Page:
Dr. Doom--his very name spells disaster. Not surprisingly, this gray-armored, green-robed, hoodie-clad supervillain remains one of Marvel Comics' most popular bad guys ever--so popular, in fact, that he is often soon retired after appearing, for an issue of two, usually in The Fantastic Four, the comic book that showcased his origin, for fear that he will eclipse the superheroes he fights. Not the Human Torch, nor his sister, The Invisible Woman (nee Girl), nor her husband Mr. Fantastic, nor even The Thing has attained the popularity of their long-time nemesis. "He deserves a comic of his own," fans often insist.
The ongoing conflict between Doom and the FF, as lazy, not-too-bright fans of The Fantastic Four prefer to refer to the comic book superheroes (and to the comic book itself), stems from the homosexual affair that Reed Richards (later, after he discovered the superpowers that Viagra confer upon him, Mr. Fantastic) and Victor von Doom (Dr. Doom, after he earned his Ph.D in Villainy) had while they were college roommates. During a lovers' spat in the chemistry lab, while the lovers were "experimenting" with "unstable molecules" (i. e., their own ejaculate), an "explosion" (i. e., orgasm) occurred that was "even more tremendous than that which results from bukkake)," Richards says, and Doom's face was forever disfigured. From that moment on, Doom vowed to avenge himself against his former lover, and the never-ending duel between Mr. Fantastic and Dr. Doom began.
"Most of the comic book characters originate in homosexual liaisons of one sort or another, often involving an editor and an artist," comic book historian Marvin Martin explained at a recent Comics Convention. Stan Lee, who was once Marvel's editor-in-chief and was in attendance at the convention, agreed. "Some of my fondest memories are of the creative meetings that took place between me and such contributors as Jack ('King') Kirby--now there was a man's man--and Steve ('The Dick') Ditko, who was also a man's man."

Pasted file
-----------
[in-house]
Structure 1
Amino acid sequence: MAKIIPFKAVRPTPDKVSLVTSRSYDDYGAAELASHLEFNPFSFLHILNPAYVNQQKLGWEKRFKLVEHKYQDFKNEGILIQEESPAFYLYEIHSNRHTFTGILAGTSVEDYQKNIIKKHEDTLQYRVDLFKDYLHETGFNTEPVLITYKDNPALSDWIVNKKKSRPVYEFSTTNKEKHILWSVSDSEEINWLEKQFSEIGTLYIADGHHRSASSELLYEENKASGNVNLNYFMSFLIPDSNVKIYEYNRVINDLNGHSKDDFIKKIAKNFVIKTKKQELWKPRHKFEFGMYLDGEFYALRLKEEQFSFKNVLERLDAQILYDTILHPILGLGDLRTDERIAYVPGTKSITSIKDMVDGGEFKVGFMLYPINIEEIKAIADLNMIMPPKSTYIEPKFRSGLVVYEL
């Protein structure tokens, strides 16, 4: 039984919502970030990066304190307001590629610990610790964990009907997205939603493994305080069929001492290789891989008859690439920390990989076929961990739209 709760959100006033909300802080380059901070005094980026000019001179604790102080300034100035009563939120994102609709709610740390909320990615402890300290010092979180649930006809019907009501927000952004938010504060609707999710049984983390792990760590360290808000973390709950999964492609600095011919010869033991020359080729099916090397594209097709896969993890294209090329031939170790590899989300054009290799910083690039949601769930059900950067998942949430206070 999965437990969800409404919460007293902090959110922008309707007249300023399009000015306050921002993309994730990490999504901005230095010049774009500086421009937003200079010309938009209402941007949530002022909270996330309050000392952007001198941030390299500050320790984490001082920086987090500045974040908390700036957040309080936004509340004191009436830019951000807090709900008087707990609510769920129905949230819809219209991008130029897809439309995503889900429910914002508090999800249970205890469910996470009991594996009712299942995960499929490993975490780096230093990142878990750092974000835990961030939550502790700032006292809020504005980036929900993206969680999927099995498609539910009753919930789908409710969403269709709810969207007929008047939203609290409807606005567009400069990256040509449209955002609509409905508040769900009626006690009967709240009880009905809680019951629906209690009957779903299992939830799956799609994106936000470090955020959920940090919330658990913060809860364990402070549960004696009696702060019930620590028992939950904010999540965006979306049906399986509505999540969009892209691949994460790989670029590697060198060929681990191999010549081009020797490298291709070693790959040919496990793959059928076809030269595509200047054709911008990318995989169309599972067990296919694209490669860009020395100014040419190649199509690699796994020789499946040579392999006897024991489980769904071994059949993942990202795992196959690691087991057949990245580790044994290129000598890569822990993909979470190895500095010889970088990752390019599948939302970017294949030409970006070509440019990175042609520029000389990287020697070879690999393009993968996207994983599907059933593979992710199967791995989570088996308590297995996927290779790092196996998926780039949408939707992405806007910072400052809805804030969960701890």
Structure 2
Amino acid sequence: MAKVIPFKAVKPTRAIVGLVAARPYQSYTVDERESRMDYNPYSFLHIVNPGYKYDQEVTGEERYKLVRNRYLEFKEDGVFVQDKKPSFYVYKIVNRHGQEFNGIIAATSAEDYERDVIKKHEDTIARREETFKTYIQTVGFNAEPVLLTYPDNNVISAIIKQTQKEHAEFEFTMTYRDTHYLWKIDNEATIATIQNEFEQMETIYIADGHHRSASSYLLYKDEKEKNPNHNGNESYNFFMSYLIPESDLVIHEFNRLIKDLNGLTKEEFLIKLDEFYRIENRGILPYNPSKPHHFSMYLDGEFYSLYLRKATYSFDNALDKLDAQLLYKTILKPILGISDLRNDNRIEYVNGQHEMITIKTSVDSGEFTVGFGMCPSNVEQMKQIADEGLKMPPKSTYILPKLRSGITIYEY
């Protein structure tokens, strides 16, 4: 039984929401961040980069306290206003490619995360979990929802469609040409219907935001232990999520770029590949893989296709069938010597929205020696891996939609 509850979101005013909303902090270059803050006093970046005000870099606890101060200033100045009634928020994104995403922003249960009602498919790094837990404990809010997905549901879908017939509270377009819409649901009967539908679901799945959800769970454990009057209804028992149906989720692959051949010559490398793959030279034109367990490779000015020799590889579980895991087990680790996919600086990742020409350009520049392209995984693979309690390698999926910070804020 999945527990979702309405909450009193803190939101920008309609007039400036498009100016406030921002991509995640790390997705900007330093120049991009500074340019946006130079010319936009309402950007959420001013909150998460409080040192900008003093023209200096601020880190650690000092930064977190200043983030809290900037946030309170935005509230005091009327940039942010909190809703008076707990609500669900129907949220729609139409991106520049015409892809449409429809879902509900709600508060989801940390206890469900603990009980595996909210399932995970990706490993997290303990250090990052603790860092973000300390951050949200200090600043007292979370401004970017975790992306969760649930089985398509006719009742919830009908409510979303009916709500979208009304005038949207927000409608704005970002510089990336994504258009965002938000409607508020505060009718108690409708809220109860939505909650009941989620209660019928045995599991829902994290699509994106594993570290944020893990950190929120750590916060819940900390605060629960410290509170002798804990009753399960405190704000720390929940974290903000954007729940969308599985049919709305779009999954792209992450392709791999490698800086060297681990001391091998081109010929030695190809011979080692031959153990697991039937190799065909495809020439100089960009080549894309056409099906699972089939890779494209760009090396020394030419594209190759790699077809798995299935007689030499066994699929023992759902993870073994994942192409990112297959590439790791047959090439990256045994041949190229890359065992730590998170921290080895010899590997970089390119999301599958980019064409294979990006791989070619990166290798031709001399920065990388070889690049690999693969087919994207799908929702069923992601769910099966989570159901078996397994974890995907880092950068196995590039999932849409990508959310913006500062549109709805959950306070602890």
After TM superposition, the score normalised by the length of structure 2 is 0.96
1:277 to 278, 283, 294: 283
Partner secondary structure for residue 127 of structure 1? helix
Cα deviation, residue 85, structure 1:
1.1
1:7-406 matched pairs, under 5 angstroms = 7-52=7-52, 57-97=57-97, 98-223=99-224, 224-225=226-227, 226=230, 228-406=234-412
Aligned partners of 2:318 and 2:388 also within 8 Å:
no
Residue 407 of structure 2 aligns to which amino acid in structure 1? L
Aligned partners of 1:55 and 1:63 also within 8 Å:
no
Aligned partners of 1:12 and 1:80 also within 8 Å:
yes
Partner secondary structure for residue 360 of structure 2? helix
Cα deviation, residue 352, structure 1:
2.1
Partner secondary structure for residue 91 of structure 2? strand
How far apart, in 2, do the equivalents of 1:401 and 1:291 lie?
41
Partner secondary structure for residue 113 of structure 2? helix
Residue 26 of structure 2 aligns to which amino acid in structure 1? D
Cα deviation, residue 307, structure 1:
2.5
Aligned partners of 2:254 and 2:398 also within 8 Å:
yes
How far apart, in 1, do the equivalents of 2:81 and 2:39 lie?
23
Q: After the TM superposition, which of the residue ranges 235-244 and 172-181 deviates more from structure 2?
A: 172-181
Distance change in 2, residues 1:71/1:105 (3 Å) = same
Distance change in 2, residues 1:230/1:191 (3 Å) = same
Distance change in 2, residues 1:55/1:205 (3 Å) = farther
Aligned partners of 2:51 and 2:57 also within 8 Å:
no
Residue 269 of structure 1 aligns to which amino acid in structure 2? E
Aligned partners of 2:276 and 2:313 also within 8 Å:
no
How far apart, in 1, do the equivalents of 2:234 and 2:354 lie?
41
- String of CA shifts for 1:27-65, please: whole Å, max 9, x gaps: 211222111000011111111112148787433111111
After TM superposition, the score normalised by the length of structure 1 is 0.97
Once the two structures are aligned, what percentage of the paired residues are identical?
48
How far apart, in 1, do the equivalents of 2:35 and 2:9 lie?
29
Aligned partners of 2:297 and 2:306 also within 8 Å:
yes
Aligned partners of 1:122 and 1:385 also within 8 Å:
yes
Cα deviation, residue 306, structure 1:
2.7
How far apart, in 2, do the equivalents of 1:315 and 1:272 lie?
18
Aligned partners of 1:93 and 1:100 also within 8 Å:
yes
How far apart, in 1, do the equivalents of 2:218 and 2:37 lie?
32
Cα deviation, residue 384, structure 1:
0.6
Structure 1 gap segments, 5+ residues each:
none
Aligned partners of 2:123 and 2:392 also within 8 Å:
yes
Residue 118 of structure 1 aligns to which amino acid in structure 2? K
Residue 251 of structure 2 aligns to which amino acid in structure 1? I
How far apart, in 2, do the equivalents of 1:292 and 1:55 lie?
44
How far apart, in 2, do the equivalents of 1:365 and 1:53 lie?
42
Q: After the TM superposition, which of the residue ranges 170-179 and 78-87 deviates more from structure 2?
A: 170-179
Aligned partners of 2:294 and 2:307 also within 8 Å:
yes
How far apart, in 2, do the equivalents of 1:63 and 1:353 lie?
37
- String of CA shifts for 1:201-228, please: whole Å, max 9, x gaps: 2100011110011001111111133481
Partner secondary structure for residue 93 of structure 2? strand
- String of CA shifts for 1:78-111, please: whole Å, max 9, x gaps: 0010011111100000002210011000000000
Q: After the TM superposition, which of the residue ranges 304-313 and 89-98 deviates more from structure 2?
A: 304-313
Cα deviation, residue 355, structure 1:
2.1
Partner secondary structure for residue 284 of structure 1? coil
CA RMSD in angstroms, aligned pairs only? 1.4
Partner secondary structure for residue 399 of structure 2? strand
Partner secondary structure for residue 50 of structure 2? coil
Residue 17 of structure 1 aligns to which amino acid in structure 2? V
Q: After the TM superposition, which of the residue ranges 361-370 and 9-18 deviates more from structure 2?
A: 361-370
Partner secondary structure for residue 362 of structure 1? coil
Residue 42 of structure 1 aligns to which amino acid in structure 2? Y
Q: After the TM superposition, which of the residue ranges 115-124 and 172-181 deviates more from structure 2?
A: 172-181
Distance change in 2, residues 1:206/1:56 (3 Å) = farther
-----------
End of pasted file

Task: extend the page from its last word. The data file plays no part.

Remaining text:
After the accidental disfigurement, Doom and Richards remained "friendly," until graduation, but Doom, much to Richards' consternation, insisted upon wearing his signature steel mask whenever the lovers engaged in oral sex. Sometimes, Doom even insisted upon wearing the full costume he had constructed during a fashion design course--the familiar bustier with hood and cloak accessories, cinched with a wide black belt.
Later, Richards discovered that Doom was actually the leader of Latveria, a small principality in the Balkans, of which neither he, the U. S. Department of State, nor anyone else had ever heard.
Richards has long believed that Doom invented the country, much as he had invented his costume and alter ego. "He was always a creative genius," Richards told butt buddy Ben ("The Thing") Grimm. "He could have totally dominated the contestants on Fashion Runway."
As the leader of a possibly imaginary country, Doom enjoyed diplomatic immunity, a privilege he often uses to escape justice. In his own country, he is said to rule as a benevolent dictator, and, some believe, Barack Obama looks to Doom's tyrannical rulership as a model for his own reign.